Hallelujah! Handel’s <em>Messiah</em> Returns To Benaroya Hall This Weekend

Almost three hundred years after its first performance, Handel’s triumphant and moving oratorio, “Messiah,” is still is a beloved holiday tradition all over the world.

Seattle Symphony and the Seattle Chorale perform the sacred masterpiece December 15-17th at Benaroya Hall. Ruth Reinhardt conducts, with soloists soprano Deanna Breiwick (Seattle native), mezzo-Soprano Eve Gigliotti, Grammy-winning tenor Aaron Sheehan, and baritone Will Liverman, recently seen as Figaro in Seattle Opera’s production of “The Barber of Seville.”

Ruth Reinhardt conducts the Seattle Symphony for Handel's "Messiah" (photo courtesy of Seattle Symphony)

Ruth Reinhardt conducts the Seattle Symphony for Handel’s “Messiah” (photo courtesy of Seattle Symphony)

During Handel’s lifetime, “Messiah” was regularly used to raise money for charity. This is only one of the many traditions surrounding “Messiah.” Another is the habit of standing during “Hallelujah,” the great chorus that concludes Part 2 of the oratorio. It’s a centuries-old custom but no one seems to know why.

The most prevalent theory says that King George II stood during an early London performance, and the audience — subjects of the realm — could not remain seated while the monarch was on his feet. Other explanations abound. Maybe he was so moved by the performance that he stood up out of tribute to the composer. Or perhaps he had been dozing and woke with a start. Or he was hard of hearing and stood because he thought they were playing “God Save the King.” No one will ever know, but to this day, audiences still stand for the “Hallelujah” Chorus.

George Frideric Handel composed his oratorio, “Messiah,” in 1741, with a scriptural text compiled by Charles Jennens from the King James Bible, and from the version of the “Psalms” included with the “Book of Common Prayer.”

He completed the music in 24 days. At the end of his manuscript Handel wrote the letters “SDG”—Soli Deo Gloria, “To God alone the glory”. This inscription and the speed of the composition lead to a fanciful theory that Handel wrote the music in a fervor of divine inspiration in which, as he wrote the “Hallelujah” chorus, he saw all heaven before him.

Handel’s “Messiah” was first performed in Dublin on April 13, 1742 and received its London premiere nearly a year later. It was modestly received, but gradually gained popularity, becoming one of the best-known and most frequently performed choral works in Western music.

Handel’s “Messiah” runs Dec 15-17th at Benaroya Hall Tickets range from $24.00–$76.00, box office 206-215-4747, or online at www.seattlesymphony.org

The Performers:

Ruth Reinhardt, Conductor
Conductor Ruth Reinhardt was born in Saarbrücken, Germany, and is currently finishing her Master of Music degree in Conducting at The Juilliard School where she studies with Alan Gilbert.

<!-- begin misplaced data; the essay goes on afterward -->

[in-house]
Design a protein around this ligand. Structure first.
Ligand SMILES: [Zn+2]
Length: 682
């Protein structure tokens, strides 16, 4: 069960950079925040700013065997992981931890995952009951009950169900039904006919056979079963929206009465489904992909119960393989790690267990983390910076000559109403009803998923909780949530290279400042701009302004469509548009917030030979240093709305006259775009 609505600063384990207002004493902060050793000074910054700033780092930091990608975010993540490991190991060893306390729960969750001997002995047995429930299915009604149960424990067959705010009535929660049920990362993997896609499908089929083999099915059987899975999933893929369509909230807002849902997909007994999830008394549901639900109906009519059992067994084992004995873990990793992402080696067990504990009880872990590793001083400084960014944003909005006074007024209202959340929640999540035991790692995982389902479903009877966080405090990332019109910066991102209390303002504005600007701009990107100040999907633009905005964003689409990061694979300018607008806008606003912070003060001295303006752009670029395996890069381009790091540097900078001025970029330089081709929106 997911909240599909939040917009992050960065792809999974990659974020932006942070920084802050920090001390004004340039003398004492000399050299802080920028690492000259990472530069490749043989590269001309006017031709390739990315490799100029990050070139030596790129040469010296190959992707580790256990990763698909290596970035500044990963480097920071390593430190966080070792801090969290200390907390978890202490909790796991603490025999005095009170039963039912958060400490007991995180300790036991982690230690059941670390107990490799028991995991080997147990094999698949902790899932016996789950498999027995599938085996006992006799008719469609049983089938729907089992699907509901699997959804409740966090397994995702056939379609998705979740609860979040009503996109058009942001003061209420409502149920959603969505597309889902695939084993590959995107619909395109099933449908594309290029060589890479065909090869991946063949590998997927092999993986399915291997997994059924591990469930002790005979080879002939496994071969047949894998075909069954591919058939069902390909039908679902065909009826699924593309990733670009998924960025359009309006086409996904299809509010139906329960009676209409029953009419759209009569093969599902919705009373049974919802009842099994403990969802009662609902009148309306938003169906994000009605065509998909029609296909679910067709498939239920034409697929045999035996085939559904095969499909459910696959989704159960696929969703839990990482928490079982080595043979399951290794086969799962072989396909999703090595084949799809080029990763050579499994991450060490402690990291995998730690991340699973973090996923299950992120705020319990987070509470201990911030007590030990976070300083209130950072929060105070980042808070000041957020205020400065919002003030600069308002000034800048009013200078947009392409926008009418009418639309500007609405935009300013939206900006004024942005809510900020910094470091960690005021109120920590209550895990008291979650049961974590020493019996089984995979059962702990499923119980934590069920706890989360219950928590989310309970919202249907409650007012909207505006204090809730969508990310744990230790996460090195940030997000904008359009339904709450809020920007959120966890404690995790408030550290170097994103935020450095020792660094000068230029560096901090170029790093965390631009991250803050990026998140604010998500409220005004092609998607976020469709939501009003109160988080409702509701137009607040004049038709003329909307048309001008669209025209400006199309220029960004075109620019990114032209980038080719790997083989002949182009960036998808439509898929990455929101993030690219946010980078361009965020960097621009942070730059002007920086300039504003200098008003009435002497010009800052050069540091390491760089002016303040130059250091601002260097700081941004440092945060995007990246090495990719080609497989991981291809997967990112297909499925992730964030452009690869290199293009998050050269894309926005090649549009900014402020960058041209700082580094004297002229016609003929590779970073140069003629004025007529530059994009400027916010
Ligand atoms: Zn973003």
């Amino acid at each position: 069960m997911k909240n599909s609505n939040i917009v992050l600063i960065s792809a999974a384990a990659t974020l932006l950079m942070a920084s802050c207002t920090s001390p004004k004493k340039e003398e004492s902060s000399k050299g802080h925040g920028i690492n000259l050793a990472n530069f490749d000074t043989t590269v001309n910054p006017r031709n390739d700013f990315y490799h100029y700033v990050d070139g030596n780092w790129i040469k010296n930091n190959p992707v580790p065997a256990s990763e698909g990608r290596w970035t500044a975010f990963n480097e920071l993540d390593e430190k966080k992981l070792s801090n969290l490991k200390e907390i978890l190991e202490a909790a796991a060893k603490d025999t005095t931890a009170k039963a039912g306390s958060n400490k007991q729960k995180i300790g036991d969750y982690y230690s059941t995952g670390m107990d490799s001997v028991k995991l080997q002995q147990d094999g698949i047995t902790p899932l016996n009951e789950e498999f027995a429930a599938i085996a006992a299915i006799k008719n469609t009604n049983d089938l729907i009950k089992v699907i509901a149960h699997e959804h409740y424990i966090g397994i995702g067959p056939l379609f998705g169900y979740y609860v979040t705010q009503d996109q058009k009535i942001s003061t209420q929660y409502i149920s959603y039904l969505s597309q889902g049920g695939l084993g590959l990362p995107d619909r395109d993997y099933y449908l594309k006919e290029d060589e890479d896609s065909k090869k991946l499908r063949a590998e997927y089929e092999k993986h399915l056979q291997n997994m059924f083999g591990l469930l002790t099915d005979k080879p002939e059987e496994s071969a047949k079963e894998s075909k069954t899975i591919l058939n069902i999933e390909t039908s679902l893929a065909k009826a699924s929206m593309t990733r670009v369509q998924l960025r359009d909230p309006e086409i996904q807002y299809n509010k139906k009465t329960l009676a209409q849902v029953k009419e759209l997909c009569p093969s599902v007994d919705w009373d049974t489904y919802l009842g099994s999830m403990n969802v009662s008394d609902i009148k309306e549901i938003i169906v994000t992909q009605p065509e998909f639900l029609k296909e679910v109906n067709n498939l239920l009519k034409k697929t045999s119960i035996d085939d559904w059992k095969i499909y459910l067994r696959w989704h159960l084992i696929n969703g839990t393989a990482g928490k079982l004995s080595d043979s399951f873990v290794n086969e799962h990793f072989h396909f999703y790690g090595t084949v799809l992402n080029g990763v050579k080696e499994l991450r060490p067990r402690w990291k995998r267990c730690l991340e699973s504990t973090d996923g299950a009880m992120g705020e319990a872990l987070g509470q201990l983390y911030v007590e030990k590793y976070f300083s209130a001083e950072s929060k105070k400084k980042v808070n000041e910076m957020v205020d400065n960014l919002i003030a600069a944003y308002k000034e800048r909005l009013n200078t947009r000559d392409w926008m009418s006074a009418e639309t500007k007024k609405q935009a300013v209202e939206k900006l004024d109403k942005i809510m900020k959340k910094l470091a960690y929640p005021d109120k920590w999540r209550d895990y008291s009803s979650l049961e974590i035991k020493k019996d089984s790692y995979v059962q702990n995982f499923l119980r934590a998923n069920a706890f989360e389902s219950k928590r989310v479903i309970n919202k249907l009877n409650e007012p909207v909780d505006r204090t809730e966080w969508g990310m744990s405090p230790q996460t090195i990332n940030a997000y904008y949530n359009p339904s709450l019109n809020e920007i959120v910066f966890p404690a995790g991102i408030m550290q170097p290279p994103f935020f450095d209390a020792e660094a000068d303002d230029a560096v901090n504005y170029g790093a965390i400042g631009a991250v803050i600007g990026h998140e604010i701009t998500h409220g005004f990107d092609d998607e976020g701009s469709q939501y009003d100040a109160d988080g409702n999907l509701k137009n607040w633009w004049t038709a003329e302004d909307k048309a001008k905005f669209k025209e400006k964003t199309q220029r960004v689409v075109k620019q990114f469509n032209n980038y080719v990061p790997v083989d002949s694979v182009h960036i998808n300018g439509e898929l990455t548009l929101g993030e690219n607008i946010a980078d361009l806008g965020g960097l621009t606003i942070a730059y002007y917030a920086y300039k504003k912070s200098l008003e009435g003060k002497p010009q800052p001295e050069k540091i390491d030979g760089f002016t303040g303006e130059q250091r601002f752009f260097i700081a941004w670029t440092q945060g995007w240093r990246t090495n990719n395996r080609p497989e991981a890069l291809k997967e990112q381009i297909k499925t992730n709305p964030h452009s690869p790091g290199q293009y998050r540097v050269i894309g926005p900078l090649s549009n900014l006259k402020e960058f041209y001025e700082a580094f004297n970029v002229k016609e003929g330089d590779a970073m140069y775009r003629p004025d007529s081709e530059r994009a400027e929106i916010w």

Deanna Breiwick. Soprano
American soprano Deanna Breiwick, hailed by critics for her “sweet sound and floating high notes” and for being a “vocal trapeze artist” (New York Times), is enjoying an exciting and diverse career. Ms. Breiwick is a 2011 Metropolitan Opera National Council Grand Finalist, a 2012 Grand Prize Winner of the Sullivan Foundation Vocal Competition, and a First Prize Winner of the Gerda Lissner Foundation International Vocal Competition. She also holds awards from the George London Foundation, the Giulio Gari Foundation, the Licia Albanese-Puccini Foundation, and the Richard F. Gold Career Grant. Ms. Breiwick is a native of Seattle, WA and holds degrees from The Juilliard School and Mannes College of Music.

Eve Gigliotti, Mezzo-Soprano
Mezzo-soprano Eve Gigliotti has a voice that been described as “spirited, handsome-toned” (Opera News), with a stage presence that is “strong” and “impassioned” (The Washington Post). Quickly becoming known for her diverse stylistic range, Ms. Gigliotti is an exciting young artist who brings rich, resonant sound and a uniquely individual interpretation to her performances.

Aaron Sheehan, Tenor
Grammy award-winning American tenor Aaron Sheehan has established himself as a first-rate singer in many styles ranging from oratorio and chamber music, to the opera stage. He regularly performs in the United States, South America and Europe. He sang the title role in Boston Early Music Festival’s recording of Charpentier’s La Descente d’Orphée aux Enferswhich won Best Opera Recording at the 2015 Grammy Awards. A native of Minnesota, Aaron Sheehan holds a BA from Luther College and a MM in Early Voice Performance from Indiana University. He is currently on the voice faculties of Boston University, Wellesley College, and Towson University.

Will Liverman, baritone
Praised by The New York Times as “mellow-voiced and charismatic” and identified as a baritone to watch by Opera News, Will Liverman is quickly gaining a reputation for his compelling performances, while making significant debuts at opera houses across the country.

Don’t forget your tickets! Get info and tickets here!

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Starla Smith

Starla Smith

Starla Smith is a career journalist, writing features for such publications as The New Yorker, The San Francisco Chronicle, The Daily News, The Des Moines Register, Vibe and a prize-winning Gannett Newspaper. She helped launch Theater Week Magazine and eventually became its publisher. As a regular contributor to Playbill, her interviews and photos were featured in Playbill and Playbill-on-line. Smith was featured in the New York Times "Style" section for her "Word Portraits," specialized tributes, speeches, and presentation profiles. And she covered theater and features for City Search, Digital City, and the Tena Duberry WOW! Radio show. She previously served as astrology guru for Out Magazine, and she hastens to assure her readers that "Starla" is indeed her real name.

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